Between four hours of homework each night and cheerleading practice on the weekends, the last thing on Kayla Kass' mind in her senior year of high school was locking down a part-time job.
"I had no time," said Kass, 18. "I was already stressed about getting homework done, and (with cheerleading), a lot of people relied on me. It would've been too much pressure."
The teen's schedule became more flexible after starting at California State University-Fullerton last year, allowing her this summer to complete the rite of passage of landing her first job.
Kass is among a growing number of young people who aren't cashiering or busing tables during high school, even during summer breaks. They're getting their first taste of work life later in life.
Teens such as Kass chalk that up to increasing academic demands, such as performing well on standardized tests, and the need to beef up academic resumes to get into dream schools.
Others attribute the later start to a lingering effect of the Great Recession: a job market in which high school students continue to compete with college graduates and older applicants for entry-level positions.
"I think there is still a sense of discouragement among some youth because of what they hear about the jobs market, that it's so hard," said Sara Davis, program coordinator at Youth Employment Service of the Harbor Area, a Costa Mesa, Calif., nonprofit that helps young people find jobs.
It's not just perception. Economic figures paint a bleak picture of youth employment today.
The teenage unemployment rate in the country's 100 largest metro areas almost doubled between 2000 and 2011, rising from 13 percent to 25 percent, according to a study released by the Brookings Institution this spring.
That unemployment rate has since fallen to 19 percent, numbers from the Bureau of Labor Statistics show.
The unemployment rate covers people in the labor force who aren't working or actively looking for work, and are able to work. It's a widely used economic measure but may not fully explain the teen labor market because it doesn't account for school-enrollment numbers or teens who are not seeking employment.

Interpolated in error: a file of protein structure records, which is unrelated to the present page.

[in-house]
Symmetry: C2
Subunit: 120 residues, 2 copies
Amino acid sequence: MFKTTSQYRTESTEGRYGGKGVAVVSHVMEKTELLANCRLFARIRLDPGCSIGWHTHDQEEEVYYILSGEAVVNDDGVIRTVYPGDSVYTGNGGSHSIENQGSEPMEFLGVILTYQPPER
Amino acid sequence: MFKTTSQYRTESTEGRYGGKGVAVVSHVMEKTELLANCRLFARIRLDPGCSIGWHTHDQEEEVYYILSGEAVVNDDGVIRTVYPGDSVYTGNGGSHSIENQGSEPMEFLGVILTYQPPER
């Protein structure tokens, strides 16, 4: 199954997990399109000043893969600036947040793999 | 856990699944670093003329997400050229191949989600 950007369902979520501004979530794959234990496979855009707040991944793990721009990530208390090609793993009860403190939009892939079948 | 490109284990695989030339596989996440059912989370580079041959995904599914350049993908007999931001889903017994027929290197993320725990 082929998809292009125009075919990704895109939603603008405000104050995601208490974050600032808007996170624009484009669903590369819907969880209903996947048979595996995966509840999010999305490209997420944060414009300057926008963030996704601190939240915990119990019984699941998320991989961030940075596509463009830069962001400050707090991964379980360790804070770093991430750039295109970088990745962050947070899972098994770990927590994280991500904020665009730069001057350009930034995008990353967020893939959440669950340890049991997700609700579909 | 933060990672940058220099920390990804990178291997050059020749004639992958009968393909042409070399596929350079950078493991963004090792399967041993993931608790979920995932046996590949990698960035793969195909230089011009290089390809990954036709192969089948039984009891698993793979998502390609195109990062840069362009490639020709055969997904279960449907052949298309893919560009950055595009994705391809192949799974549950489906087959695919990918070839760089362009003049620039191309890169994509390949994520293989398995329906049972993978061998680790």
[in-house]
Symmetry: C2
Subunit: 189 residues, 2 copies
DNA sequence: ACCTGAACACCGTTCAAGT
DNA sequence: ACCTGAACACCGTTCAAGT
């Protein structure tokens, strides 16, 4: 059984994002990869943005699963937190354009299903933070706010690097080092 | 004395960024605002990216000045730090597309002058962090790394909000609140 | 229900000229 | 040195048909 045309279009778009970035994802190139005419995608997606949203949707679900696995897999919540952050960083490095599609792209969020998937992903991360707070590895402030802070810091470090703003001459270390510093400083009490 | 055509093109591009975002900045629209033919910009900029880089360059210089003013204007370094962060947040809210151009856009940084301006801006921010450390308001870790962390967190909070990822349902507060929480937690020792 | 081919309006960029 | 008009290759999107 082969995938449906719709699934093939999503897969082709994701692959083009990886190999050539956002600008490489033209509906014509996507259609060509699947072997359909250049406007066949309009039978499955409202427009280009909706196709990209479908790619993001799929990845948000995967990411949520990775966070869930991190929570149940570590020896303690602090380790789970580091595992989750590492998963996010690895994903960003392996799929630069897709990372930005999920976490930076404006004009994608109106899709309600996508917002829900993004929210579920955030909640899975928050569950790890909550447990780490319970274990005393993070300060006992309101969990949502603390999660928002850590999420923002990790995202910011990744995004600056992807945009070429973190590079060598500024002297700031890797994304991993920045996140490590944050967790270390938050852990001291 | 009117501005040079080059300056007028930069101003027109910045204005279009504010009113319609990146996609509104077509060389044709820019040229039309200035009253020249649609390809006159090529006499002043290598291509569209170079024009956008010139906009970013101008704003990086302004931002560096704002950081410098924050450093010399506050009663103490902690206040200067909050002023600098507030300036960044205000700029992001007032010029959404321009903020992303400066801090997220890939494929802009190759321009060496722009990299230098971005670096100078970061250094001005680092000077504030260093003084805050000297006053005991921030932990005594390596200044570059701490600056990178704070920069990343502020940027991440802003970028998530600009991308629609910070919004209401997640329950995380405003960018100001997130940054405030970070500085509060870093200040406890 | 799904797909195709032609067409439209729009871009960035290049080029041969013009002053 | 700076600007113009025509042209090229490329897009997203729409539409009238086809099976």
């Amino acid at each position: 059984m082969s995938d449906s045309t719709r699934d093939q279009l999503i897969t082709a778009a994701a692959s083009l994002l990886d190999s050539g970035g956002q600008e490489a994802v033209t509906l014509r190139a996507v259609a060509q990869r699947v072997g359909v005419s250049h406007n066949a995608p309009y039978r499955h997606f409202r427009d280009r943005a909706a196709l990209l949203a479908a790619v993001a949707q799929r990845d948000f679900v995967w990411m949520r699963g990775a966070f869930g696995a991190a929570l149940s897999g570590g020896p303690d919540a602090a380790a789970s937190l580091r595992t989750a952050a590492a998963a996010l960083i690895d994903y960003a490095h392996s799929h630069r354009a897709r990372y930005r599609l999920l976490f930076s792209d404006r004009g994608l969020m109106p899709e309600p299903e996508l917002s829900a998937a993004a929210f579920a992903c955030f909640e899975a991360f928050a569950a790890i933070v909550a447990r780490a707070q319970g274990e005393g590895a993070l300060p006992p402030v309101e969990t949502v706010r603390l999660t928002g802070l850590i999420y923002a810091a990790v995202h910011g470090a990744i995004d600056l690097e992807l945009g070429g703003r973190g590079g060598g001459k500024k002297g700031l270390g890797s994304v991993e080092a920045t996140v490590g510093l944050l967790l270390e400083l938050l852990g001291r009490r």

Kathy Du Vernet, executive director of Youth Employment Service of the Harbor Area, points to several theories that may help put those numbers into perspective.
Long gone are the days when kids could make money delivering the local paper with just a satchel and a bicycle. Now, jobs typically require employees to have a driver's license and car, which can be a challenge for some teens, Du Vernet said.
Students also are facing increasing pressure to take on more extracurricular activities to appear more attractive to prospective colleges, which means less time for a part-time job.
"We're seeing 21-year-olds who have never had a job and maybe older than that," Du Vernet said.
The later-employment trend could have wide implications for not just affected youth but also society as a whole, Du Vernet said.
Working summer jobs isn't just a rite of passage; it can be a positive influence on young adults by providing structure and instilling a sense of responsibility.
"Youth who go to work as teens," she said, "are more likely to pursue post-secondary education, and their earning capacity will be higher throughout their lifetime."